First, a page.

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Tuesday, April 9, 2019

Balvenie 14 year old 2003 Peat Week

There have been a number of recent tastings that did not go according to plan. Some were positive, most were not. Luckily I don't own any bottles of the disappointments, so the surprises weren't so heartbreaking. Here's one that was a surprise.

I haven't reviewed a Balvenie since February of last year. Though I find Balvenie's single malts to be consistently pleasing and well made, I don't have a single Balvenie bottle in my collection. This situation would be different had they priced the 15yo single sherry cask like its predecessor, the 15yo single bourbon barrel, but they didn't. The 15yo sherry cask is good, but not $120 good. The reliable 12yo Doublewood is priced north of $50 here in Ohio, and I don't value it at that level either.

In Europe, the Peat Week releases have been priced about 20% lower than the much more prevalent sherry cask bottlings. Yes, I realize those are "single" sherry casks, but there are hundreds (or thousands, or at least a constant supply) of them. Anyway, enough about those damned sherry casks. That Balvenie review posted 14 months ago was of Peat Week 2002. Today I'm reviewing Peat Week 2003. To quote last year's review with some edits:
For each of the past 17 years Balvenie distillery has devoted one week to heavily peated still runs. The malt used for this distillation is peated to around 30ppm with Highland peat. In 2018, they bottled this whisky with an actual two-digit age statement, no chill filtration and a respectable ABV — an almost revolutionary act by an official producer.
I stand by that last statement, though peated Speyside single malts are no longer unique. The good news is that malt dried with Highland peat produces different characteristics than malt dried with Islay peat. So different peaty experiences have been coming to the market during this past decade. That can be good. Let's see how this particular whisky panned out.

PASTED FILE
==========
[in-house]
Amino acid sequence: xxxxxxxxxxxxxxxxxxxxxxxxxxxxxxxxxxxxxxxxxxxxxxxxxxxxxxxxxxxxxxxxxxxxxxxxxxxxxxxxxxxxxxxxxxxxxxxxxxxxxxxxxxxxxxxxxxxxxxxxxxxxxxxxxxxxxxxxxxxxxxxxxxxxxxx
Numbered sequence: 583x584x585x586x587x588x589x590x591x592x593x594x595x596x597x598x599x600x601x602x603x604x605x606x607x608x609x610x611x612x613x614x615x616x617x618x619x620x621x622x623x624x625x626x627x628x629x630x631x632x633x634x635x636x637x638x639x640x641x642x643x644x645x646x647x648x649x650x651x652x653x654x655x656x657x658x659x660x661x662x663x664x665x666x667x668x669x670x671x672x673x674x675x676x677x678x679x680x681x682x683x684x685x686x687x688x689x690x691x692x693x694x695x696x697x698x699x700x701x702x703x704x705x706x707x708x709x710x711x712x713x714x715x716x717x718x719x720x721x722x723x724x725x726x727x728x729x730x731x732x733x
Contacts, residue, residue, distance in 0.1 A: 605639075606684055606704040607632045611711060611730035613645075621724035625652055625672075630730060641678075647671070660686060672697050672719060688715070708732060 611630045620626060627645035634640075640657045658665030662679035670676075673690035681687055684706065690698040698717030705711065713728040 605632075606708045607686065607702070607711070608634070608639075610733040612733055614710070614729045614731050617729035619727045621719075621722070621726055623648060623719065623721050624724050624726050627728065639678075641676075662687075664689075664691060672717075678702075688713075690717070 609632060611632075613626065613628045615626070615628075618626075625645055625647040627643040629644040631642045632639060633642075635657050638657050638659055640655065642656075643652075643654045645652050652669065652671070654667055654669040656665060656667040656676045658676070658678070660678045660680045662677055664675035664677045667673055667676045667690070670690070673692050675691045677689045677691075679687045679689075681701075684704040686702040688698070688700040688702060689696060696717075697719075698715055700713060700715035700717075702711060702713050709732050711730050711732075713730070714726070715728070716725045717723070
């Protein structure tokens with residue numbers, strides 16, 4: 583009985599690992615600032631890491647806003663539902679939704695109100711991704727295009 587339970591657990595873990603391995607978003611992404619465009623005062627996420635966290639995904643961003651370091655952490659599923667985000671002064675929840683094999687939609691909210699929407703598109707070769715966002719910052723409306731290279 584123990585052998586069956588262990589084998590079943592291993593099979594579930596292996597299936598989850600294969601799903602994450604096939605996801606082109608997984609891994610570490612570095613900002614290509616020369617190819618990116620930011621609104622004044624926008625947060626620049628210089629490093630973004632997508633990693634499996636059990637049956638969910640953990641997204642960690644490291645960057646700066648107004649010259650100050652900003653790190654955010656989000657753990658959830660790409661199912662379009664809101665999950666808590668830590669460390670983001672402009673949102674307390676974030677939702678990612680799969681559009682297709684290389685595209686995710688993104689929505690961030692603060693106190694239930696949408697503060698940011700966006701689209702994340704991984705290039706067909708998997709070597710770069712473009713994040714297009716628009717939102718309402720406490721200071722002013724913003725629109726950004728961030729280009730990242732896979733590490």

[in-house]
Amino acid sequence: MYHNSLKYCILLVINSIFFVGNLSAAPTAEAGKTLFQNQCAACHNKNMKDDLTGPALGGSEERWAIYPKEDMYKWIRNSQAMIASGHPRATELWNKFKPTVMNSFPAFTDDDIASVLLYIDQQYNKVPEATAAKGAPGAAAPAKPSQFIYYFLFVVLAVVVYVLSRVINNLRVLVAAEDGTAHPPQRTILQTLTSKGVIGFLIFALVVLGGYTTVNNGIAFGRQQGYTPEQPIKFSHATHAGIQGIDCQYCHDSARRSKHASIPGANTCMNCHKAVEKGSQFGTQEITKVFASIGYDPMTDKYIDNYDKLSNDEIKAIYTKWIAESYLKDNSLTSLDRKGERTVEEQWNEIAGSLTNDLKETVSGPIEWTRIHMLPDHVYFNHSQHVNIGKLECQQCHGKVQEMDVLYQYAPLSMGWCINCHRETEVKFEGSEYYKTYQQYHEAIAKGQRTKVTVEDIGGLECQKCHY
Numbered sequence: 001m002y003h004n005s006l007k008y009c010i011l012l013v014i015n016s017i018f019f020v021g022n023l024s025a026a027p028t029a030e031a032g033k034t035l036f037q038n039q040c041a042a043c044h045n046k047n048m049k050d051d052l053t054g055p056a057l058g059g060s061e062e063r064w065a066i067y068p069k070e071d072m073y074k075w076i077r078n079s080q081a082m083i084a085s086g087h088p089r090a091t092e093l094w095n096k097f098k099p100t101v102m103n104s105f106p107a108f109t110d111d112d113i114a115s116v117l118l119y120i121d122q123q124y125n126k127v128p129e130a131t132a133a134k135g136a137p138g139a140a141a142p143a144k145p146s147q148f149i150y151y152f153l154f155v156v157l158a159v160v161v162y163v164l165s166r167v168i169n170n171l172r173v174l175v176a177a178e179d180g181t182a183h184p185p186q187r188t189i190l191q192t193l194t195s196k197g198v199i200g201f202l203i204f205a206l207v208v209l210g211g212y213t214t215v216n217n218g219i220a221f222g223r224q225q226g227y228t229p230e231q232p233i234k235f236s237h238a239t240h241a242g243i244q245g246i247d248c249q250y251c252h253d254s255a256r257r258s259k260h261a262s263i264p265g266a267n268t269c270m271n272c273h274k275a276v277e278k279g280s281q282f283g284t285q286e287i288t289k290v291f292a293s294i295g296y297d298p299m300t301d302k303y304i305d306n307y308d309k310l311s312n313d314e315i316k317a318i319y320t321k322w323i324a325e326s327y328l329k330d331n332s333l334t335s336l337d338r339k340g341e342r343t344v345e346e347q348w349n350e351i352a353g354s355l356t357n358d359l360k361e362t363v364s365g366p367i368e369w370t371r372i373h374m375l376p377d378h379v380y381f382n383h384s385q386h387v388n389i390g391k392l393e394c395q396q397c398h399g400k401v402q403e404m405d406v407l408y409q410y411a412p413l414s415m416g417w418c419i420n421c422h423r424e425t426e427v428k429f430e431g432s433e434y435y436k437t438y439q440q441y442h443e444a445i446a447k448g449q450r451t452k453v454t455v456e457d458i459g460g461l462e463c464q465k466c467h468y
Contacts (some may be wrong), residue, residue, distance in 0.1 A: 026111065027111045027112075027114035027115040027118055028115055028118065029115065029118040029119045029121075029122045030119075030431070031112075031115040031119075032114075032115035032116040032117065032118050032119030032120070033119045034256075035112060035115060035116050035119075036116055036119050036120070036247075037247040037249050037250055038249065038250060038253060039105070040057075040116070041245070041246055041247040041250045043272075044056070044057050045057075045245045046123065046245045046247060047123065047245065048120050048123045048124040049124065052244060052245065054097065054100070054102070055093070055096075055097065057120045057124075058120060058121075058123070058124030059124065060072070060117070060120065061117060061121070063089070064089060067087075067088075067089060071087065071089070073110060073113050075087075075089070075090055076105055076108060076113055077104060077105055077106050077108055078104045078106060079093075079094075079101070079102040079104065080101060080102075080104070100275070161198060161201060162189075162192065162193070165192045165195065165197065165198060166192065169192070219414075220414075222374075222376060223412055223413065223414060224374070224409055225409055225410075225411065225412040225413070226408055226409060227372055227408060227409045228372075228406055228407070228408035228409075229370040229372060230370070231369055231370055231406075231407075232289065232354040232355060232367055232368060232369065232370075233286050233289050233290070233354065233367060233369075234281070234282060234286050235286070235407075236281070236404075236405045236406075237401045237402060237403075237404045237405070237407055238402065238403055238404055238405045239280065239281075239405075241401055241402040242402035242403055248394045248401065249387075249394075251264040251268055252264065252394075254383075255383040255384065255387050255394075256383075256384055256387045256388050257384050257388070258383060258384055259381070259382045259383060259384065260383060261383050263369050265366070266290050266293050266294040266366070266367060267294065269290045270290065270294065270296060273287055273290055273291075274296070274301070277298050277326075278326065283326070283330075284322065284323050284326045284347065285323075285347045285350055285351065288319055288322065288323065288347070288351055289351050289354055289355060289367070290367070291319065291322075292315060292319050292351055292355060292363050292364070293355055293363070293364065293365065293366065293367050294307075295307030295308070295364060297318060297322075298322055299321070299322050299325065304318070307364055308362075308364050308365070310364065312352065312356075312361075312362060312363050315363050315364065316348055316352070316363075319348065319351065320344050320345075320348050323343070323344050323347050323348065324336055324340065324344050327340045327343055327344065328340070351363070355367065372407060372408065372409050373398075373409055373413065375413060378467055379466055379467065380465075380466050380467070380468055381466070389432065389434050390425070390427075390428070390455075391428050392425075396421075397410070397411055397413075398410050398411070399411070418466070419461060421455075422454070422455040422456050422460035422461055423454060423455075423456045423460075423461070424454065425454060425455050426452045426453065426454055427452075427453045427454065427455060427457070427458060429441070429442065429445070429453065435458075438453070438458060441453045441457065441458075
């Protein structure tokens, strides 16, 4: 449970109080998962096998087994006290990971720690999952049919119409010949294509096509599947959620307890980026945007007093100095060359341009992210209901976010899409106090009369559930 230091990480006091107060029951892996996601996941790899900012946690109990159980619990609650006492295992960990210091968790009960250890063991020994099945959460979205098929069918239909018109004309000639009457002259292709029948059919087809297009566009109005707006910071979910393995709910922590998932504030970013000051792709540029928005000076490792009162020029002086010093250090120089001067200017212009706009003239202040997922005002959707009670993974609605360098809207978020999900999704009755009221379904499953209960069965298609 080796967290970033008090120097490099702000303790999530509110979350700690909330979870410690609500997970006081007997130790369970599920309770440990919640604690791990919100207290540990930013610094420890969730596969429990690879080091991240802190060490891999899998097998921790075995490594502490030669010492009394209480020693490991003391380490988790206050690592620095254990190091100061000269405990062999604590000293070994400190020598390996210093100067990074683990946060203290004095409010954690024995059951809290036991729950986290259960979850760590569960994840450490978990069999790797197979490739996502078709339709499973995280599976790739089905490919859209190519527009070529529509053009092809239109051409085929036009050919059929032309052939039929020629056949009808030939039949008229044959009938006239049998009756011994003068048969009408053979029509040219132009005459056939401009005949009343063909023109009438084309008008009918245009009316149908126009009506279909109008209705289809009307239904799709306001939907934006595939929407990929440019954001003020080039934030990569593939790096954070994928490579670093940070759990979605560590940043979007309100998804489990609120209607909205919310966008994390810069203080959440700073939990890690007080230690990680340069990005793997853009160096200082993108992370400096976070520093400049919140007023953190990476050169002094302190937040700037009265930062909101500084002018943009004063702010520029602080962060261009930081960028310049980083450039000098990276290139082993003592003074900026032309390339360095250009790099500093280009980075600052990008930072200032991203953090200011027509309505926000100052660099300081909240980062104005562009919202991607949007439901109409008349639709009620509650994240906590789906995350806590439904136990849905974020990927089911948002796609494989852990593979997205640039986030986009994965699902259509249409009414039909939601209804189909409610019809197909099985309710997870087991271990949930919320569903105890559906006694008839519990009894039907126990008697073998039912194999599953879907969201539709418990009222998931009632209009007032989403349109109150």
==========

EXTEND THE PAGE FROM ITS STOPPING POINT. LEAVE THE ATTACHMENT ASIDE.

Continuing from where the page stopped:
Distillery: Balvenie
Ownership: William Grant & Sons
Region: Speyside (Dufftown)
Age: 14 years old (2003-2018)
Maturation: American oak
Limited bottling: ???????? bottles
Alcohol by Volume: 48.3%
Chillfiltered: No
Colorant added: Probably
(from a purchased sample)

An aggressive Islay-style band-aid peat bursts forth from the nose at first. Beneath that is a very milky vanilla note. Then cut grass, apple peels, wet snuffed cigarettes and lumber. The palate is also mostly peat and smoke at the start. It transitions to an aggressive sweetness loaded with lime candy, ginger ale and vanilla. And, just, sugar. A hint of manure floats around in there. The finish is very sweet and tart with salty smoke, ginger ale and chlorine.

DILUTED TO ~43%abv, or ¾ tsp of water per 30mL whisky
The nose becomes farmier, but also picks up more vanilla and an apple cider vinegar note. The palate gets bitterer and bitterer. Then comes some sulphur, limes and sugar. LOTS of sugar. And sheep shit. It finishes with smoke, sugar and limes.

With its loud peat, louder sweetness and blankets of vanilla, this comes across as an aggressively engineered whisky. It could have used some more sheep shit.

Sad Cynic says, "The market doesn't need any more of this sort of whisky."
Happy Cynic says, "Balvenie has been spending big bucks to market themselves as a craft whisky, when all they really needed to do was make a craft whisky."

The whisky also doesn't work on the rocks, nor as hot whisky, in case you're curious. I was. Now I'm not. If you are ever given the choice between Balvenie 2002 Peat Week and Balvenie 2003 Peat Week, I'd recommend you choose Benromach 10.

Availability - Europe and USA
Pricing - Europe: $65-$85, US: $90-$120
Rating - 76